UPDATE on Hong Kong Court’s Willingness to Grant Recognition of and Assistance to Foreign Liquidators of a Solvent Company and a Message to the Banks: The Joint Provisional Liquidators of Seahawk China Dynamic Fund [2022] HKCFI 1994

In The Joint Provisional Liquidators of Seahawk China Dynamic Fund [2022] HKCFI 1994, Harris J granted recognition of and assistance to the provisional liquidators of Seahawk China Dynamic Fund, a solvent entity, and at the same time took the opportunity to inform the banks and other organisations that provisional liquidators are able to exercise the more conventional powers of a company’s agent in Hong Kong which are expressly provided for in the order of their appointment.

This case involves a Cayman-incorporated company (“Company“) which is solvent and in provisional liquidation in the Cayman Islands. The joint provisional liquidators (“JPLs”) were appointed by the Cayman Court.

The JPLs have been trying to take possession of the Company’s assets in Hong Kong, which, expectedly, required the JPLs to obtain a local recognition order.

There were 2 issues before the Court:-

  1. whether the court should provide recognition of and assistance to the liquidators of a solvent company; and
  2. in light of Harris J’s decision in Global Brands Group Holding Limited (in liquidation) [2022] HKCFI 1789 (which provided that the Hong Kong courts should only recognise a collective insolvency process taking place in a company’s centre of main interests (“COMI”), subject to exceptions – see our earlier article), whether the JPLs’ application should still be granted given that the Company’s COMI is not in the Cayman Islands.

In response to the first issue, the Court held that common law principles of recognition and assistance had no application to liquidators of a solvent company. Instead, the principles of conflict of laws which are independent of those of cross-border insolvency should be engaged, and as a matter of private international law, if a foreign court of a company’s place of incorporation has made an order appointing a liquidator (as in this case), the liquidator will be able to act as the agent of the company with the powers which the liquidator has as a consequence of his appointment.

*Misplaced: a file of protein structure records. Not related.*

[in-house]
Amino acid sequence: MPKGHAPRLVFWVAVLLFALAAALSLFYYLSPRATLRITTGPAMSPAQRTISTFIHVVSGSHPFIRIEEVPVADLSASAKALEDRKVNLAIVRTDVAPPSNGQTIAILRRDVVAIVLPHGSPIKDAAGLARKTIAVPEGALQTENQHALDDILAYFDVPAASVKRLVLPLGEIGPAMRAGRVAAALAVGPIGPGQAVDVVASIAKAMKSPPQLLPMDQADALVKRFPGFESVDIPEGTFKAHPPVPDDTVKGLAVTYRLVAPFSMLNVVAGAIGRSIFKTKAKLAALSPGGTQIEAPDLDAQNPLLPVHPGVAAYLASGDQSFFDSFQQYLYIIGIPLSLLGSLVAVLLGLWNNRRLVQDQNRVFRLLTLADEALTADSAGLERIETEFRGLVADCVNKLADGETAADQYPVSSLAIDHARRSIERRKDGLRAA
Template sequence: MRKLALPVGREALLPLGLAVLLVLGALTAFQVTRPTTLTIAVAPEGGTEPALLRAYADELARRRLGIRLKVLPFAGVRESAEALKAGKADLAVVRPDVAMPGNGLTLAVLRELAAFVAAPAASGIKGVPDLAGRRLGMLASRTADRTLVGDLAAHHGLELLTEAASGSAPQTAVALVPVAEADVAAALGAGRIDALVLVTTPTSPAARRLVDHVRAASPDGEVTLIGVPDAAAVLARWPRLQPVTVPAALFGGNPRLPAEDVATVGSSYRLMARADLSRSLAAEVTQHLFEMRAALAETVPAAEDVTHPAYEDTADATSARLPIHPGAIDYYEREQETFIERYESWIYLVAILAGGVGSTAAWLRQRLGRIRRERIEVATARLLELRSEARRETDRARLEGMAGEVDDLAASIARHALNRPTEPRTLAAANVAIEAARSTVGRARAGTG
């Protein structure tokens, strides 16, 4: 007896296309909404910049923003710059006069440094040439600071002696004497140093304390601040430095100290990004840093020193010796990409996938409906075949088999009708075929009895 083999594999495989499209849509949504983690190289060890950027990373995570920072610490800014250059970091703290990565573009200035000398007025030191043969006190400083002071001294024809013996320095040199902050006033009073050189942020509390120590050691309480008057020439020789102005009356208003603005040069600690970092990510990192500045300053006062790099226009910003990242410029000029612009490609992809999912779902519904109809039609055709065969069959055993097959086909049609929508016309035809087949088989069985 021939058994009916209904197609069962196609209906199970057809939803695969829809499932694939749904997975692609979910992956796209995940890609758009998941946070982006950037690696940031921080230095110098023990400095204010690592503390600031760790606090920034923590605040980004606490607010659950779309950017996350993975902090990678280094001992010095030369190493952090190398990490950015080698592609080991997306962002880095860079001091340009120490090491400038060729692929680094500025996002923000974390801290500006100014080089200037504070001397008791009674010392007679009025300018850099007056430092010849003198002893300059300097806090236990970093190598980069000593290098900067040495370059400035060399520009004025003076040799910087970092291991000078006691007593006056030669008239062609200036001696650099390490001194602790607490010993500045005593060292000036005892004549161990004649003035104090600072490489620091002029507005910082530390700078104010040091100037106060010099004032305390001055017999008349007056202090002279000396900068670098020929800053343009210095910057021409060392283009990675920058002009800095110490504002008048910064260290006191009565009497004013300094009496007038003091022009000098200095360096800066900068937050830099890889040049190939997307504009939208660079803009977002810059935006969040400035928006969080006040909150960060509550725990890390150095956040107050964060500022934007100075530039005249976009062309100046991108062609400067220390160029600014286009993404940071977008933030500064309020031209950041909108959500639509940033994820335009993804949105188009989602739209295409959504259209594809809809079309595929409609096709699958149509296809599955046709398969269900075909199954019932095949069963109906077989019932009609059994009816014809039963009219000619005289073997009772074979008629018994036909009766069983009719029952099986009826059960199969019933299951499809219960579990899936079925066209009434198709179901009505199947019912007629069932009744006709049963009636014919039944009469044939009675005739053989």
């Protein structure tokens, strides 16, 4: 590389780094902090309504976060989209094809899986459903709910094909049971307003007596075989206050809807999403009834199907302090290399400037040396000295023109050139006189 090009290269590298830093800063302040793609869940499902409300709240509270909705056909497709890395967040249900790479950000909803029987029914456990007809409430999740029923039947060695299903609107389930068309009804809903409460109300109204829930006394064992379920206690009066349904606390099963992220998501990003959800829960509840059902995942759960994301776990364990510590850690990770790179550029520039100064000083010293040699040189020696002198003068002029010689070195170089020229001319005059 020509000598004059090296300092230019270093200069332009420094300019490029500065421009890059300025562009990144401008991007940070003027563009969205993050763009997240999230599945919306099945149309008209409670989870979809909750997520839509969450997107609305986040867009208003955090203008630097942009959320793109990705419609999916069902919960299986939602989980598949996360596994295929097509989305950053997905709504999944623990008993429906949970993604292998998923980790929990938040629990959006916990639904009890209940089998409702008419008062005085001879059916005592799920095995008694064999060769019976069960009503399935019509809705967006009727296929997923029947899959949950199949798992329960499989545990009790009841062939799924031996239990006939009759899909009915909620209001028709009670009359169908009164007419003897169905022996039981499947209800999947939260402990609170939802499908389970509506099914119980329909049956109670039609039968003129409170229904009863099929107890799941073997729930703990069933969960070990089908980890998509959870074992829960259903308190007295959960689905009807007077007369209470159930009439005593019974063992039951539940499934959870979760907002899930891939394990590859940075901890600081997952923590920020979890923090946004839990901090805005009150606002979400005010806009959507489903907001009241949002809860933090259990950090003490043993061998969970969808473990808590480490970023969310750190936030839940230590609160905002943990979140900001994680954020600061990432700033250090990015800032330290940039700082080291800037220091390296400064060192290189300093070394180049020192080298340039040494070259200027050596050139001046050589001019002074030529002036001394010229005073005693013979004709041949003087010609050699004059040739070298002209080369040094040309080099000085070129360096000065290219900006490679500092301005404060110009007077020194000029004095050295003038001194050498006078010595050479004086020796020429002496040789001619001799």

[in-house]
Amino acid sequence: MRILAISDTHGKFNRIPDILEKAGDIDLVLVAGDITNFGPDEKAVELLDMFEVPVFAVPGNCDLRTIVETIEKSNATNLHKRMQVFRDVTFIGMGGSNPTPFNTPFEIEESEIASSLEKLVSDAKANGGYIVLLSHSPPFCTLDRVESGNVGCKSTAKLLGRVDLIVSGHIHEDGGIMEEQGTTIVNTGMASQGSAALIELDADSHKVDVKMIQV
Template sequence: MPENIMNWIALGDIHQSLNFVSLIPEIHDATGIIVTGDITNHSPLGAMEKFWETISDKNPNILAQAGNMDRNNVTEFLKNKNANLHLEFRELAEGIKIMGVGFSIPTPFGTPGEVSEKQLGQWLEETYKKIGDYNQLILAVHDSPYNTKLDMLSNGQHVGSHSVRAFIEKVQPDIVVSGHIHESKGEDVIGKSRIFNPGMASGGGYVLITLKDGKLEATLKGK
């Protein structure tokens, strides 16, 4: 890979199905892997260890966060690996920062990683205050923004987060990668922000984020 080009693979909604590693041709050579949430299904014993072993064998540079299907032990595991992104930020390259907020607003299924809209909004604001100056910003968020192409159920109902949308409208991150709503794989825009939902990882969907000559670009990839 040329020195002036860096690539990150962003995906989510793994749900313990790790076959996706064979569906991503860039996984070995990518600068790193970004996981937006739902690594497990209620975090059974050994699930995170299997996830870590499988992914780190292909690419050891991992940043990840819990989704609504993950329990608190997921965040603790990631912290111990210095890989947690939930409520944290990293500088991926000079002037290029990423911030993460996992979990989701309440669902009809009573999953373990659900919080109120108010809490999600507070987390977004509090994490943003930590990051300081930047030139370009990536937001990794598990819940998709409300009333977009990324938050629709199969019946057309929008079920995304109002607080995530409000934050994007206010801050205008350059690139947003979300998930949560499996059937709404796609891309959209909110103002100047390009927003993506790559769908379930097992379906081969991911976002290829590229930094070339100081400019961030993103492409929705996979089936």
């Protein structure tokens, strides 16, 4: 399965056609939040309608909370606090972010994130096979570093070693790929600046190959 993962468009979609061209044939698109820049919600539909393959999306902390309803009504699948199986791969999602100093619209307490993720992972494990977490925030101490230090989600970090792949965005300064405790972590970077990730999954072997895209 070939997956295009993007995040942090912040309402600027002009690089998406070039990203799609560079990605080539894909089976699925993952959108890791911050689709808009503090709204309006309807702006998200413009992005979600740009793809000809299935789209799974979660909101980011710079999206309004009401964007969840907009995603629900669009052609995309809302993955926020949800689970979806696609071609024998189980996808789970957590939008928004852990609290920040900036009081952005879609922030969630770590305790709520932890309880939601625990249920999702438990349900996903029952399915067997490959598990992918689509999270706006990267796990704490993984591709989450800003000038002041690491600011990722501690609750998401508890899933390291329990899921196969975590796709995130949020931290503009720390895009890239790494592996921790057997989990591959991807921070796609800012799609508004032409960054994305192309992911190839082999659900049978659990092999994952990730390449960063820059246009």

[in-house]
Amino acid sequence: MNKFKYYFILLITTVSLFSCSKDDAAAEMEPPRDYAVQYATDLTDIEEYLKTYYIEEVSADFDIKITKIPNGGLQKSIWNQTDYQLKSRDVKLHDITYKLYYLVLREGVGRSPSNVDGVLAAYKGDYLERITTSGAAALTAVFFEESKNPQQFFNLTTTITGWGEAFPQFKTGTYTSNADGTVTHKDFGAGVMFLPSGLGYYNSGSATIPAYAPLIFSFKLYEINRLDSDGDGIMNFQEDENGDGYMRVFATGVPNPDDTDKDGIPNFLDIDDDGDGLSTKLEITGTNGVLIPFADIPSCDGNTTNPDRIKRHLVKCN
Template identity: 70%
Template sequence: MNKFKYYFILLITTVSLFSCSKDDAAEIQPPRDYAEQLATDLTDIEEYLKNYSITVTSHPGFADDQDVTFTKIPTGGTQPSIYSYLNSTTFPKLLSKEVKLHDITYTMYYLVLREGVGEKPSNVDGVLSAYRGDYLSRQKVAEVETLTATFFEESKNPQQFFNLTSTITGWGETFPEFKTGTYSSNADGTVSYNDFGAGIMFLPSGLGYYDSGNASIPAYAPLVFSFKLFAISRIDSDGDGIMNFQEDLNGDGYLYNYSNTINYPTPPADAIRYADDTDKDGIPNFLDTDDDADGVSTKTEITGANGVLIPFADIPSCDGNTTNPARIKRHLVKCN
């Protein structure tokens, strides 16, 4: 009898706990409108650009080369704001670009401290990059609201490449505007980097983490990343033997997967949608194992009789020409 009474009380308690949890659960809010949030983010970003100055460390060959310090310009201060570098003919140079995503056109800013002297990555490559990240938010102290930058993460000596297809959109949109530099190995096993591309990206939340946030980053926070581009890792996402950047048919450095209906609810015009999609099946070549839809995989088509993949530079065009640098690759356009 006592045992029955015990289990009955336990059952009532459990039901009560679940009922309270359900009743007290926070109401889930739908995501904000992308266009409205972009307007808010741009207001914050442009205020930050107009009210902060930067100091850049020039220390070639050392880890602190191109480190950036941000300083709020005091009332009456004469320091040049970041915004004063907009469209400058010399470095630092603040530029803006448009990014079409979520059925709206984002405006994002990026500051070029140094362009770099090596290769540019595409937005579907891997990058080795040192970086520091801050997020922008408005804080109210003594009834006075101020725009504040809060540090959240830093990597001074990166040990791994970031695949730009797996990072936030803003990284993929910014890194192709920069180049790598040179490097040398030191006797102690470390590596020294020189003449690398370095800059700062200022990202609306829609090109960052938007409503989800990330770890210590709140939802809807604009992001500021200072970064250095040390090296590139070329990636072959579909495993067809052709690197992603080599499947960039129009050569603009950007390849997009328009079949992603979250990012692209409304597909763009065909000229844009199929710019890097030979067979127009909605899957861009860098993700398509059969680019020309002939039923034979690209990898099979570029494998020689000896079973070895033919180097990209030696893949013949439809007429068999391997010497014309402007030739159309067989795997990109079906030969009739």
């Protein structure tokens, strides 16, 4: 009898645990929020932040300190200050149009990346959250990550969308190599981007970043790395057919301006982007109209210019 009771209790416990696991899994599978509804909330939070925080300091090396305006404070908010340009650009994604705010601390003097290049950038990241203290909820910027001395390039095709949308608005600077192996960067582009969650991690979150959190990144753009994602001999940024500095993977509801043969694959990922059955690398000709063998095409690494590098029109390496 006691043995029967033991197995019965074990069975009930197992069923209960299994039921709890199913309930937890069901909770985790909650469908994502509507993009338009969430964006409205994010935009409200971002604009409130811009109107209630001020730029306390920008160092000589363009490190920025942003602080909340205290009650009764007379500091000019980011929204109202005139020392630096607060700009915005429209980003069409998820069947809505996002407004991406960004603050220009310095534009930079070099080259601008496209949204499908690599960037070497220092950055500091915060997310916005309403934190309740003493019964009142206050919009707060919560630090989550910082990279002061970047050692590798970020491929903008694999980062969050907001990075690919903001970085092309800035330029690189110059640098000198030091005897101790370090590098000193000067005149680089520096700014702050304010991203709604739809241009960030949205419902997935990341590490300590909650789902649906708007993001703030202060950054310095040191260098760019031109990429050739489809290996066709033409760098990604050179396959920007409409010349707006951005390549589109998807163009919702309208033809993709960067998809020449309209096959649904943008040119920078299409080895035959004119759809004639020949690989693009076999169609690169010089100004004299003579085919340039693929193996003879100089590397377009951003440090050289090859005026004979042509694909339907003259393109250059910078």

In response to the second issue, the Court held that while the COMI considerations discussed in the Global Brands case still stand, they would not be relevant if the liquidator of a solvent company was merely seeking an order confirming that he had particular powers by virtue of his appointment in the company’s place of incorporation, as in this case. Harris J also explained that if the foreign liquidation was a solvent liquidation, it would not fall within the principle of modified universalism in the first place, and would be more akin to a ‘private arrangement’ as opposed to a collective insolvency proceeding.

In a message to the banks and “sophisticated organisations”, Harris J reminded them of what he said in his earlier cases, A Co v B [2014] 4 HKLRD 374 and Capital Asia LP v DBS Bank (Hong Kong) Ltd [2016] HKEC 2377, that it should not be necessary for foreign liquidators, whether it be of a solvent or insolvent company, to obtain a local court order in order to access the company books and records.  (For solvent companies, the liquidators’ ability to do so could stem from the powers given to them in the company’s place of incorporation where the order of appointment was made.)  If banks insist that the foreign liquidators obtain a local court order to exercise in Hong Kong no more than the conventional powers of a company’s agent, then they face the risk of an adverse costs order, if made a party to the application.

It is not entirely clear though from Harris J’s judgment in the latest Seahawk case whether it is still necessary for foreign liquidators to obtain a local court order to deal with the company’s assets in Hong Kong.  It would appear that it remains necessary to do so, at least for an insolvent liquidation.

19 July 2022
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